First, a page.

Activities to Increase the Concentration of Children

Written by justin beach
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Activities to Increase the Concentration of Children
Removing distractions from the environment when it's time to work can help children to concentrate. (Jupiterimages/Comstock/Getty Images)

Children can get distracted easily. When they are very young and everything is new, it is not surprising that they are easily taken off course. As children get slightly older, extreme concentration problems could be a sign of ADHD or other problems. If problems are extreme or concentration games don't seem to be working, consult with the child's physician. Under normal circumstances, simple games can help hone concentration skills and daily activities can be turned into games.

Daily Activities

Daily activities such as shopping or story time can be turned into activities to boost memory and concentration. On a trip to the grocery store, try giving the child a few things to remember from the "shopping list." If they are important things, you can write them down, too. When reading stories, or watching movies or a videotape, remember a few details from the story and ask the child to see if she can remember them. Simple exercises like this can help children remember important details.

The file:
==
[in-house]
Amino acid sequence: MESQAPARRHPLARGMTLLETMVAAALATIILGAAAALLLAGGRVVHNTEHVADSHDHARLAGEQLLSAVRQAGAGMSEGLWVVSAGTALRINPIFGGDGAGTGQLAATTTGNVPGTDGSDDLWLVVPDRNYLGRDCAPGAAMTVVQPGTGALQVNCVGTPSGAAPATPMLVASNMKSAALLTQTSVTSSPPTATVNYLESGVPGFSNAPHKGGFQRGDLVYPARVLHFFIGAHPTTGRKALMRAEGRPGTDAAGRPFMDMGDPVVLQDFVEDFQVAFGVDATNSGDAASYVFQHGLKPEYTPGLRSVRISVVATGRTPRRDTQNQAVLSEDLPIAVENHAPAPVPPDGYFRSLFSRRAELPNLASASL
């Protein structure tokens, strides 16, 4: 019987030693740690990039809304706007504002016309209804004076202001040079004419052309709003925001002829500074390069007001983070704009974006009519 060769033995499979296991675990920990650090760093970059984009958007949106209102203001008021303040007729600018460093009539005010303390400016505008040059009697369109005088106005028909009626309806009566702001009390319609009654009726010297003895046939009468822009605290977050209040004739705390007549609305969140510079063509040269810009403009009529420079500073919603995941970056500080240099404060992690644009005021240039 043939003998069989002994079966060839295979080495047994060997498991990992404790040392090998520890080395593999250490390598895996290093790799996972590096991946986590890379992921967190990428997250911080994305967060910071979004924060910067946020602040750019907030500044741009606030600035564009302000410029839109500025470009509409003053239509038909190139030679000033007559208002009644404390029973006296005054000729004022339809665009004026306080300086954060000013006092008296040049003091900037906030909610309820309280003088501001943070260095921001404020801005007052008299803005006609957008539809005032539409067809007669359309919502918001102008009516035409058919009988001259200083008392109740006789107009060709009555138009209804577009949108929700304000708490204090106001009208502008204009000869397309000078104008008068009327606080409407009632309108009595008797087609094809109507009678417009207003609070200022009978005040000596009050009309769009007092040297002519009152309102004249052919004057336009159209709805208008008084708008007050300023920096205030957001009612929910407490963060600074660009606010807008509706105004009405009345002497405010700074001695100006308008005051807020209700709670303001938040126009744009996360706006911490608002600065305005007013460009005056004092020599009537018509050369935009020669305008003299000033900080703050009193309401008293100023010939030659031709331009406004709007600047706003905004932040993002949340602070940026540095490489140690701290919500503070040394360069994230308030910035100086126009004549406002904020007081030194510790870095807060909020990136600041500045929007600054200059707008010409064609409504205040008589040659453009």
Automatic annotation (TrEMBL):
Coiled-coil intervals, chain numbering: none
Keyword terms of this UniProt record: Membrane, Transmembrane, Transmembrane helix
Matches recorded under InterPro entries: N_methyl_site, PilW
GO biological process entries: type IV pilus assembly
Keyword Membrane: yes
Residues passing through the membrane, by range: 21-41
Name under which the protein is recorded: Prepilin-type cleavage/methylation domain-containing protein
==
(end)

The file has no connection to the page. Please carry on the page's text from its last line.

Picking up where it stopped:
Memory Games

The card game Memory, which asks players to turn over cards and try to remember where the matching card is, is a good game for boosting concentration. The game can also be recreated with playing cards. Or, play a similar game with coins. Take a collection of coins and make a pattern with a few of them. Cover the pattern so that the child cannot see it. Ask the child to choose coins from the remaining pile and match the hidden pattern.

Word Games

Word games such as crossword puzzles and word searches are good for boosting memory and sharpening concentration. These types of games, along with jigsaw puzzles, are widely recommended for improving concentration in children---as well as seniors worried about memory loss. Try having these games on hand on a rainy afternoon or a long car trip. Rubik's cubes and math puzzles also fall into this category.


Many child psychologists, teachers and parents recommend rewards as a way to get children to do things they don't want to do or are reluctant to try. Rewards can also encourage success in difficult activities. Rewards do not have to be candy or toys. A reward can be time watching TV or a favourite movie, or playing video games. You can give the child a trip to the park or to another location he enjoys. If the child receives praise and feels like he is working toward something he wants, he will be more inclined to concentrate on activities and more likely to succeed at them.

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